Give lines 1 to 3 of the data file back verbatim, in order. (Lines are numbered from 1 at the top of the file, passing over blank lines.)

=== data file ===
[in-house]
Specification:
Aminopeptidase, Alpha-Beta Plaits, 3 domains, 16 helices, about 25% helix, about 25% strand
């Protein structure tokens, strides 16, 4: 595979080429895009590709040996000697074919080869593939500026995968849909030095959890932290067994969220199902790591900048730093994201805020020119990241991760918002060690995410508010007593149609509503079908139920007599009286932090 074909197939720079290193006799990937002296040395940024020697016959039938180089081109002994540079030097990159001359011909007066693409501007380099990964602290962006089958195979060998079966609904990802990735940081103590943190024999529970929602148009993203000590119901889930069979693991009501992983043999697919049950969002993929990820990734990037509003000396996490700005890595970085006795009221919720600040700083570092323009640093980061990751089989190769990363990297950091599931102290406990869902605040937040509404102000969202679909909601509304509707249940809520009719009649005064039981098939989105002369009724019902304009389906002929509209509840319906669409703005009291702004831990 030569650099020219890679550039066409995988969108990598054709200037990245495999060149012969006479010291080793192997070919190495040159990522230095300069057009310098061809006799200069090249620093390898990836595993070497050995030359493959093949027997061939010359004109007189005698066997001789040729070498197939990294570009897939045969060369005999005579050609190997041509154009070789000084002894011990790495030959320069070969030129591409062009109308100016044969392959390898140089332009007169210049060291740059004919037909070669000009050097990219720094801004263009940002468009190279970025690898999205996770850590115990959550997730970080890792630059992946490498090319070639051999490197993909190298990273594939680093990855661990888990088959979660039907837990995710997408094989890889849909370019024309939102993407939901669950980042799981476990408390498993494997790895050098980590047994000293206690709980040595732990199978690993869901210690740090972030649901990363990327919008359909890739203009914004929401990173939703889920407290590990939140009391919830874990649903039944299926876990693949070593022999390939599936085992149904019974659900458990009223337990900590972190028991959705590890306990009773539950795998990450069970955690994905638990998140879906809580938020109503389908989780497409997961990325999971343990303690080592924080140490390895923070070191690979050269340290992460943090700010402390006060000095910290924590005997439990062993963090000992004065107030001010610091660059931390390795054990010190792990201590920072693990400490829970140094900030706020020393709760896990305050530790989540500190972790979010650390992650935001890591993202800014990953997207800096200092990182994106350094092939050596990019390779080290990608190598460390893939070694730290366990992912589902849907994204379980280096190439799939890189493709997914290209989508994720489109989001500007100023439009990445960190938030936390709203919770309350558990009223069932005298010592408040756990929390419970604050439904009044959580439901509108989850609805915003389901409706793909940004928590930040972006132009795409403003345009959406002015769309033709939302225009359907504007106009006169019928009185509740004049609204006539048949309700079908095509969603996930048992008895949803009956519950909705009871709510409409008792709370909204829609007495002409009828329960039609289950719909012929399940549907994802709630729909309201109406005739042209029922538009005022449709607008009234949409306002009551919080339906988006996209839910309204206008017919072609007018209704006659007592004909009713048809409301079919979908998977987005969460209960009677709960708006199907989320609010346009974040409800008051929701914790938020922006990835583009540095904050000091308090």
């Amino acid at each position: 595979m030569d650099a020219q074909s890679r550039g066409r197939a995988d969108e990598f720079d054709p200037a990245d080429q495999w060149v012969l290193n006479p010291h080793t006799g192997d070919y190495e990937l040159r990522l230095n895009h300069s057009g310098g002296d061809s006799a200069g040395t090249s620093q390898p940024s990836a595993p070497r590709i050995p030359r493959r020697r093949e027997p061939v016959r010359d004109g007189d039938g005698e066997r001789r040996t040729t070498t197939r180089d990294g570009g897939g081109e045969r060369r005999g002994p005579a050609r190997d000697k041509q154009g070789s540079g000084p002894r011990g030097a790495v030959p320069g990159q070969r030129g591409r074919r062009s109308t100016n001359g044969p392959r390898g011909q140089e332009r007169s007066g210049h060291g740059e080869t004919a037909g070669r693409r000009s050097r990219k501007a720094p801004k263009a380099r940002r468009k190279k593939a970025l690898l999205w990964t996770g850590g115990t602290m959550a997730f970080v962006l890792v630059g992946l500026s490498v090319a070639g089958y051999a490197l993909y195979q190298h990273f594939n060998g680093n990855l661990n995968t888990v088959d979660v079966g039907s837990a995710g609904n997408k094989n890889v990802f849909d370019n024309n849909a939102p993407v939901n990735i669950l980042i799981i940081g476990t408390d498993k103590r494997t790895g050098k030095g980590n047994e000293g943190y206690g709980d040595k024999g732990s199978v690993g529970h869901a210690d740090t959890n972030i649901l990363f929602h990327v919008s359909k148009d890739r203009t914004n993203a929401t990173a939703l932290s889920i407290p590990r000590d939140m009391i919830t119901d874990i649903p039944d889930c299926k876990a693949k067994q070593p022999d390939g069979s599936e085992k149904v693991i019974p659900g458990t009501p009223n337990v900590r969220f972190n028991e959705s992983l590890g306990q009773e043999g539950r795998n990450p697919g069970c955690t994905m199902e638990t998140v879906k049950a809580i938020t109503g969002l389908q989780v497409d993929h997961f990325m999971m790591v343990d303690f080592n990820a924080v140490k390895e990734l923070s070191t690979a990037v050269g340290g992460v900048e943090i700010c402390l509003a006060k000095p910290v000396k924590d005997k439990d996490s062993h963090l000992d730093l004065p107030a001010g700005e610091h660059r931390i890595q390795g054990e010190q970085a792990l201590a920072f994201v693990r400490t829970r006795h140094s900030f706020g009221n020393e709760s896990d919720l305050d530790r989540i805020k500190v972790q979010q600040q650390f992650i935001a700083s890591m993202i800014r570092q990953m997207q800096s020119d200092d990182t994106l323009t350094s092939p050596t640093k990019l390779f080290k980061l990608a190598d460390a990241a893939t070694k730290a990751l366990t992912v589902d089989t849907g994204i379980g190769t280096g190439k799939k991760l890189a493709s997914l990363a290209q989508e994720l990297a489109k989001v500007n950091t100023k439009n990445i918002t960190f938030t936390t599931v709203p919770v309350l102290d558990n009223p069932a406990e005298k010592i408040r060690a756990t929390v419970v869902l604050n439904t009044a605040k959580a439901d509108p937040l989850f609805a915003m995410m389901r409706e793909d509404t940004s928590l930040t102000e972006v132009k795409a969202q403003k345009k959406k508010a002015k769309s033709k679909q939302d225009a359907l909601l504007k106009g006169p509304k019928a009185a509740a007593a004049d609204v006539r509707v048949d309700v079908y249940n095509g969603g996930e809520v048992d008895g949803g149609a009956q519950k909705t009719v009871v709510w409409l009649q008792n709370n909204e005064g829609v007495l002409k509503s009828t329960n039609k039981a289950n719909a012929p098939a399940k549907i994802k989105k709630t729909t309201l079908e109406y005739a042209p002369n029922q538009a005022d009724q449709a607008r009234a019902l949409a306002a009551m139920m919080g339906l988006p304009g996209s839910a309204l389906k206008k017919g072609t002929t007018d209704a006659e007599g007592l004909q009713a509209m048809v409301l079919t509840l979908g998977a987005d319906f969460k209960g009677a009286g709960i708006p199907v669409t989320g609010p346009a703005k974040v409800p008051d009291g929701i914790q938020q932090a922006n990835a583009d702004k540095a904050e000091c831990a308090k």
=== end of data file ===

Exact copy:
[in-house]
Specification:
Aminopeptidase, Alpha-Beta Plaits, 3 domains, 16 helices, about 25% helix, about 25% strand